Aaron Rodgers looks to continue his magical season on Sunday.
The final divisional game will feature the defending Super Bowl Champion Green Bay Packers hosting Eli Manning and the New York Giants. The Packers went 15-1 this season and earned the NFC’s top seed by virtue of winning the NFC North.
One of the Packers' victories came against the Giants in Week 13. Super Bowl MVP Aaron Rodgers threw for 369 yards and 4 TD and drove Green Bay down the field at the end of regulation to set up a game-winning 31-yard field goal by Mason Crosby on the game’s final play in a 38-35 victory. Manning threw for 347 yards in the loss, as the Giants came within an eyelash of ending the Packers’ then-undefeated season.
Manning continued his fantastic season in New York’s victory over Atlanta last week. He threw for 277 yards and three touchdowns, including two to Hakeem Nicks. Nicks also scored two TDs in the loss to Green Bay and could be in line for another big day. The key to New York’s win was the ability to establish the running game. The Giants finished dead last in both yards per carry (3.5) and total rushing yards (89.2 per game) during the regular season, but broke through for 172 rushing yards and 5.5 yards per rush against the Falcons.
Breakout WR Victor Cruz was held in check, but Mario Manningham picked up the slack with 68 receiving yards and a TD. The passing offense continues to roll along, and if New York can continue to keep defenses honest with the run, they have a legitimate shot of defeating Green Bay.
The Packers finished last statistically in both total defense and passing defense. However, as is the case with New Orleans and New England, this is slightly misleading because Green Bay was often scoring at such an amazing clip that opposing offenses were forced to adjust and throw more than usual. Packers’ opponents attempted a league-high 637 passes and threw for 4,796 yards during the course of the year. Like the Saints and Patriots, the Packers are not particularly strong against the run on a per play basis, allowing 4.6 yards per rush.
The biggest strength of Green Bay’s defense is their ability to create turnovers, particularly in the secondary. 2009 NFL Defensive Player of the Year Charles Woodson recorded seven of Green Bay’s NFL-leading 31 interceptions, far and away the most of any team. Woodson often plays in the slot and could see a lot of Cruz, leaving Nicks and Manningham on the outside against lesser CBs Tramon Williams and Sam Shields.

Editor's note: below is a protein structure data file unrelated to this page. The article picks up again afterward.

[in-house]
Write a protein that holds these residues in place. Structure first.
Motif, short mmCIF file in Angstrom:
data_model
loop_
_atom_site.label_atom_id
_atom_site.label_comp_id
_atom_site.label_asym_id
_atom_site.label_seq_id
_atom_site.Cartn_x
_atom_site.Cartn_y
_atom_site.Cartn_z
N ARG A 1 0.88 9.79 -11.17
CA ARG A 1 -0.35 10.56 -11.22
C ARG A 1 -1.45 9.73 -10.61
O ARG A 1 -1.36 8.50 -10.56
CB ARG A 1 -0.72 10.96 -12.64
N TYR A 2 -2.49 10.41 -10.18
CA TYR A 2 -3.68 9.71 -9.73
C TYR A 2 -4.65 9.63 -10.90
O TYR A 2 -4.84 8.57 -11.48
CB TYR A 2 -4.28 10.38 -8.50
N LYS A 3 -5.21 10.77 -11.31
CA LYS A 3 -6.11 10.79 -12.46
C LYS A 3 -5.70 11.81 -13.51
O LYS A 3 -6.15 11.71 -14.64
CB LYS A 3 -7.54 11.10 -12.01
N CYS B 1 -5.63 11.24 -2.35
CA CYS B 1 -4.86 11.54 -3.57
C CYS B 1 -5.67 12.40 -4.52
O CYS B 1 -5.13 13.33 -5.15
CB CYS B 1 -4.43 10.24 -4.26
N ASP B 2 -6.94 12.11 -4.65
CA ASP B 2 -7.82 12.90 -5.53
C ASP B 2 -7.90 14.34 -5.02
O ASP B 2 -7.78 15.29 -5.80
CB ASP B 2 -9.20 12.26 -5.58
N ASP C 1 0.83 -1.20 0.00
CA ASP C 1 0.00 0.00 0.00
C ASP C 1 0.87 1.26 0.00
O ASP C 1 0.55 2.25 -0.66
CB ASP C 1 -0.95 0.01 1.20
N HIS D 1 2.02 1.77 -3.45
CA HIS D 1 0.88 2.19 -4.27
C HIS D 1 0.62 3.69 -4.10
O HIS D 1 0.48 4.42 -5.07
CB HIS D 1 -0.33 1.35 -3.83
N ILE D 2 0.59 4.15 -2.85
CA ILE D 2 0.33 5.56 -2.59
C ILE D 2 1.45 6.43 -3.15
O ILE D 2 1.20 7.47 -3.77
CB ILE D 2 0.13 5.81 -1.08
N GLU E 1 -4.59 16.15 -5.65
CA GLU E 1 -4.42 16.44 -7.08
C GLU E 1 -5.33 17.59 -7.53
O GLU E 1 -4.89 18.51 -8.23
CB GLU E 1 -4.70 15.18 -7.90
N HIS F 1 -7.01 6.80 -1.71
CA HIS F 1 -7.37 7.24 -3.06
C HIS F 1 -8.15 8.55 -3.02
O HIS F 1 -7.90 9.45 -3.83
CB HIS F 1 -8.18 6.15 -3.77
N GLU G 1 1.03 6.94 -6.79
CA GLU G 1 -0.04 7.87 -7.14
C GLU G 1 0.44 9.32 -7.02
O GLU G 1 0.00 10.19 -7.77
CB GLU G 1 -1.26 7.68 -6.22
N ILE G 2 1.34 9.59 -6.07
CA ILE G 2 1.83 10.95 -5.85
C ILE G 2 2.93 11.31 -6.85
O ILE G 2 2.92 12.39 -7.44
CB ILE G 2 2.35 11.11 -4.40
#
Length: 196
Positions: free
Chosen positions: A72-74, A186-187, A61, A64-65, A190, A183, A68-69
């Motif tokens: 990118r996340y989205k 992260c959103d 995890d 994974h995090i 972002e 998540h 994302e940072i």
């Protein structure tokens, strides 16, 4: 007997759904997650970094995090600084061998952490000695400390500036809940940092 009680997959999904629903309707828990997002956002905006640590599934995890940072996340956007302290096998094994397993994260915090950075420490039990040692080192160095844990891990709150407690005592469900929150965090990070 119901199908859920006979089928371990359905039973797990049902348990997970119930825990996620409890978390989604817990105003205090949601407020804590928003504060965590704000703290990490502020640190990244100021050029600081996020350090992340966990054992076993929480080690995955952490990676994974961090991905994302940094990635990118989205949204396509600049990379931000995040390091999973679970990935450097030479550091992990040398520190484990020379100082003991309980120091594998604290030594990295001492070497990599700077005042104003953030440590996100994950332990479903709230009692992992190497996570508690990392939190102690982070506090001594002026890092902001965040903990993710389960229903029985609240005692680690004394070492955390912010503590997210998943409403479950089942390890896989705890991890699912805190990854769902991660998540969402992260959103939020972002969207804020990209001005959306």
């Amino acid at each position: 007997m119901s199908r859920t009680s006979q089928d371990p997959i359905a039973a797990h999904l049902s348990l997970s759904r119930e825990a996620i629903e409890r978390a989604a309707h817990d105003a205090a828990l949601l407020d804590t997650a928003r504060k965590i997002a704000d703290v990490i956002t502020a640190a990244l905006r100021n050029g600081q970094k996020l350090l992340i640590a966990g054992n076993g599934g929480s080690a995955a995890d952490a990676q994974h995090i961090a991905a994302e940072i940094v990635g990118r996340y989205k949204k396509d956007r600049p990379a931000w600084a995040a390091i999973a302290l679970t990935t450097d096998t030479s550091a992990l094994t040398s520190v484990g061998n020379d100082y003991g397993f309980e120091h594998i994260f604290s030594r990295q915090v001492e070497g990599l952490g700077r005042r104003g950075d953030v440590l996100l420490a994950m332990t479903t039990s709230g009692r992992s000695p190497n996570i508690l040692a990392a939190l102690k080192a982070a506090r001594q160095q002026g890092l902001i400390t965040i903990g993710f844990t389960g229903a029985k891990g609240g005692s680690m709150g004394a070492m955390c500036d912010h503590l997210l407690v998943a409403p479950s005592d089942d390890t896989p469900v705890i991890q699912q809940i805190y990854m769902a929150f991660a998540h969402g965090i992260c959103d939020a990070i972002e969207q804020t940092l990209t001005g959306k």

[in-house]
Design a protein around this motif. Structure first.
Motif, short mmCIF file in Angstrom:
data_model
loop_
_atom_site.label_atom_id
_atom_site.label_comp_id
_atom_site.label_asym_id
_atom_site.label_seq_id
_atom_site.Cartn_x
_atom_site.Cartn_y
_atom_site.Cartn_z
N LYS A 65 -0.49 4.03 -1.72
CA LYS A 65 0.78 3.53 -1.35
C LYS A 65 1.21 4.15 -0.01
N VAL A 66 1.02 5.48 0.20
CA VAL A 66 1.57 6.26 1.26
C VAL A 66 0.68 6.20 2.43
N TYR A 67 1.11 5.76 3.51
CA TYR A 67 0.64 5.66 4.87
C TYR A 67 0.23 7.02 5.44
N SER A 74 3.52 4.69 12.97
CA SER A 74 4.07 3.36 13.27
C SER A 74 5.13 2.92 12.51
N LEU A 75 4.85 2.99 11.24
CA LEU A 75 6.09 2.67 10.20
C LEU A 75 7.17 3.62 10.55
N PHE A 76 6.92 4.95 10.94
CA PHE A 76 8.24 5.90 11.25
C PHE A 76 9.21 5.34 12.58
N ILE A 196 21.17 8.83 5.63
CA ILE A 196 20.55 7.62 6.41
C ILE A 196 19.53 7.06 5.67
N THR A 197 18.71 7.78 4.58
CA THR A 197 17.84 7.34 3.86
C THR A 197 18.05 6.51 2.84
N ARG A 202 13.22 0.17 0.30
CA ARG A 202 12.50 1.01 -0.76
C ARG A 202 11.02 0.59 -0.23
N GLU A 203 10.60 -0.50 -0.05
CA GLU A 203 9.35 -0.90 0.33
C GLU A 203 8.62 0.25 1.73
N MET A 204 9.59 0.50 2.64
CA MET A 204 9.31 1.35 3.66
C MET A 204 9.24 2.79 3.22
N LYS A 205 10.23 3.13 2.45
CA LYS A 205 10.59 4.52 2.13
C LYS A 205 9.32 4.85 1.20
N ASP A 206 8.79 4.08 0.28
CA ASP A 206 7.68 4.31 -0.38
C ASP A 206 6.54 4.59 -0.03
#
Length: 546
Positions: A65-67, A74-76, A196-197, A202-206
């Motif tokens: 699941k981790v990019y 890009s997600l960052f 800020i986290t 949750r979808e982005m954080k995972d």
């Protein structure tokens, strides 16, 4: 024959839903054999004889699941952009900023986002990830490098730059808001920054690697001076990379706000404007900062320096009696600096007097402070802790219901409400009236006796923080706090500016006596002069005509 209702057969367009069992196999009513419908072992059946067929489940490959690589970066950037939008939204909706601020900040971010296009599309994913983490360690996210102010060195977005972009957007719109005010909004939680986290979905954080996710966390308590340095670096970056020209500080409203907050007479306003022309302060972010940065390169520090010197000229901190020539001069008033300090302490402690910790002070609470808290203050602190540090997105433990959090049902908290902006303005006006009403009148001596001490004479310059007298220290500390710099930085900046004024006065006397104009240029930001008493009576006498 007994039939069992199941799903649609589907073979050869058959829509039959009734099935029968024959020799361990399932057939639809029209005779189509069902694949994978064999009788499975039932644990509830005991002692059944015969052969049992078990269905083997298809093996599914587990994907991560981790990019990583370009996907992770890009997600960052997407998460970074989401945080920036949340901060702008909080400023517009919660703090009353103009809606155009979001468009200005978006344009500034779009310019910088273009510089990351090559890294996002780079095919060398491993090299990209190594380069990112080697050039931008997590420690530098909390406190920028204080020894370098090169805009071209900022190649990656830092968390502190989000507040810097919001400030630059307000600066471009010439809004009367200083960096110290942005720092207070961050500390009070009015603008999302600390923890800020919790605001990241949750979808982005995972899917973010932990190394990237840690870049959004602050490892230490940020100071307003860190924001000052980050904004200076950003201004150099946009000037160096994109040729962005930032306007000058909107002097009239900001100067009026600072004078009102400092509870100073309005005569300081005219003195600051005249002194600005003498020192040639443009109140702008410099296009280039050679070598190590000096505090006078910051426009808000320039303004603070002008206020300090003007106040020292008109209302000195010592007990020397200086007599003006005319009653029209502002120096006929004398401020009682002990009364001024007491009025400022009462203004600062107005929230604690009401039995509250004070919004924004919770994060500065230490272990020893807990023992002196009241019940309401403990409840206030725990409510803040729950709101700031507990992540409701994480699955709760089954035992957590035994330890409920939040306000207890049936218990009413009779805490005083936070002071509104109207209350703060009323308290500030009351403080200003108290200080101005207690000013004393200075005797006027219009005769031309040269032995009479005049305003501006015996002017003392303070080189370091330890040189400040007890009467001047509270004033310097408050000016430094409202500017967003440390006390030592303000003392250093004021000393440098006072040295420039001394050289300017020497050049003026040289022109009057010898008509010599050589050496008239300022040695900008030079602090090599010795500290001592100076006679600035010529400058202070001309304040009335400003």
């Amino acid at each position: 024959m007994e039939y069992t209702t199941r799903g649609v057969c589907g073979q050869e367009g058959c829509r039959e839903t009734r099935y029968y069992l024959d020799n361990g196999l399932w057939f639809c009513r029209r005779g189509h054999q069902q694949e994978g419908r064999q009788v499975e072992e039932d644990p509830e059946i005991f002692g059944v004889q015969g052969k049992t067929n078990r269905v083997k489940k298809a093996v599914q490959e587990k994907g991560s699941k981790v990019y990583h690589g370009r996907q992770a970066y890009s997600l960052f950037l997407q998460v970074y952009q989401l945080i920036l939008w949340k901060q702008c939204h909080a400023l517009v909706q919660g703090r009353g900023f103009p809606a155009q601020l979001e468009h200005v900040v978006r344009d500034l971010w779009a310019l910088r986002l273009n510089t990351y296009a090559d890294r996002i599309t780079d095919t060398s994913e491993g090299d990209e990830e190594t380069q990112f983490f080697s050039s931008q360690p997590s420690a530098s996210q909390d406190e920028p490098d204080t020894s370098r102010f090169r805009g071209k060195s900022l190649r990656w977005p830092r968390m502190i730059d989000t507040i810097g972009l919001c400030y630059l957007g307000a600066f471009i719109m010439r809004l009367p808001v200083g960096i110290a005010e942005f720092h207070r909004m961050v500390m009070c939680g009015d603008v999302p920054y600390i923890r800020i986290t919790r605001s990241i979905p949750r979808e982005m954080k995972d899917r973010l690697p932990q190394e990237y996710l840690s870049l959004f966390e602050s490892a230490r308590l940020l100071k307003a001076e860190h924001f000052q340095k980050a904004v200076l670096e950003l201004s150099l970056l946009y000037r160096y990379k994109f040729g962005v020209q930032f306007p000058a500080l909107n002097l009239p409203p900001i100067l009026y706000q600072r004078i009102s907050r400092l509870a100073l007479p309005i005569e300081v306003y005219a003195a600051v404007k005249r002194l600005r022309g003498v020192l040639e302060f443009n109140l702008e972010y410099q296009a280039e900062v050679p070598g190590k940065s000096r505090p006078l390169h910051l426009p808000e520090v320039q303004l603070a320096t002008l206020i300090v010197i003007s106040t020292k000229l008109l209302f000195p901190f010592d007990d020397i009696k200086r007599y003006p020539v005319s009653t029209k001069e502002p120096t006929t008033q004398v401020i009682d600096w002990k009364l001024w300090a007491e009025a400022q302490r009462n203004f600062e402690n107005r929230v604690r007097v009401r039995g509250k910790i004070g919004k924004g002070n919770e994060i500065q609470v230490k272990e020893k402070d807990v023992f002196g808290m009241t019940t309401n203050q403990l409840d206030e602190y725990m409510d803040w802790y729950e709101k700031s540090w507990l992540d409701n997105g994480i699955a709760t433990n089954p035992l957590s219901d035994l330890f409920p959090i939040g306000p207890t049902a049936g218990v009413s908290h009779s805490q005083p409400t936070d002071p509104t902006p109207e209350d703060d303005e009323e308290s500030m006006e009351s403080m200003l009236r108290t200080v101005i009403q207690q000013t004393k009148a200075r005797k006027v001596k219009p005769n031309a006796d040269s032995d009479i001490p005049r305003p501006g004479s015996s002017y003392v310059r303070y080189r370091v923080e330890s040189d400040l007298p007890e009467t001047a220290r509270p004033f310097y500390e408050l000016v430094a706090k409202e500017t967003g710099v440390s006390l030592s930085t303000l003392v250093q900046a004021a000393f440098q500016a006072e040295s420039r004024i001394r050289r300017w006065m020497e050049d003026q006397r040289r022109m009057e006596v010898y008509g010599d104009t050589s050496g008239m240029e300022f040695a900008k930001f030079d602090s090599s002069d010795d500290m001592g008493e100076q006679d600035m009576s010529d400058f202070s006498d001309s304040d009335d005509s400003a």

Rodgers leads the prolific Green Bay passing attack and will almost certainly be rewarded with the NFL MVP award. He threw for 4,643 yards and 45 touchdowns despite resting in Week 17. Perhaps most impressive was that he threw just six interceptions and lost no fumbles. WR Jordy Nelson led all qualified receivers in both yards per catch (18.6) and yards per target (13.16) while catching 15 TD passes. Greg Jennings totaled 949 receiving yards despite missing the last three games with a sprained MCL. He should be fully recovered in time for Sunday’s game. James Jones, Donald Driver and Randall Cobb all possess playmaking ability and allow Green Bay to spread the field against opposing defenses.
The Packers use the run only sparingly to keep defenses honest. They employed almost a 50/50 split between RBs Ryan Grant and James Starks, but rushed for just 97.4 yards per game as a team. Their biggest weapon in this game may be TE Jermichael Finley. In their Week 13 contest, Finley caught six passes for 87 yards and a touchdown, and the Giants have struggled against elite tight ends throughout the year. They should be able to move the ball through the air as long as Rodgers has time to throw in the pocket.
The Giants defense was phenomenal against the Falcons, recording a virtual shutout, as the only Atlanta points came via a safety on defense. New York held Atlanta to just 247 yards of total offense and were equally effective against both the run and the pass. I was most impressed with their ability to play the pass, as Matt Ryan averaged just 4.9 yards per attempt. The Falcons' longest play of the day was a 21-yard pass to Roddy White.
I don’t expect New York to be able to control Green Bay’s offense in the same fashion, but the Giants are playing with a lot of confidence defensively and possess an outstanding pass rush. Green Bay’s offensive line is banged up, so look to see if New York can get Rodgers on the ground and limit the number of big plays. If they are successful in disrupting Rodgers' timing, they have a chance to pull off the upset.
This has the potential to be the most intriguing matchup of the weekend. The Packers have only lost one game in the last 13 months and will have the home field advantage and a week of rest. The Giants have the experience of their prior matchup with Green Bay and the knowledge that they can hang with the Pack.
I think this will be a highly competitive game, but in the end I see Aaron Rodgers being the difference. As great as Eli Manning has been this season, he is still prone to the occasional hiccup, be it a bad throw or a bad game. Rodgers, however, has been nearly perfect for almost a season and a half. He hasn’t turned the ball over more than once in a game all season and he has weapons all over the field. He could struggle at times with New York’s pass rush behind a suspect offensive line, but I believe that he will be able to make a big play when Green Bay needs him to and lead the Packers back to the NFC Championship game.
Prediction: Green Bay 31, New York 27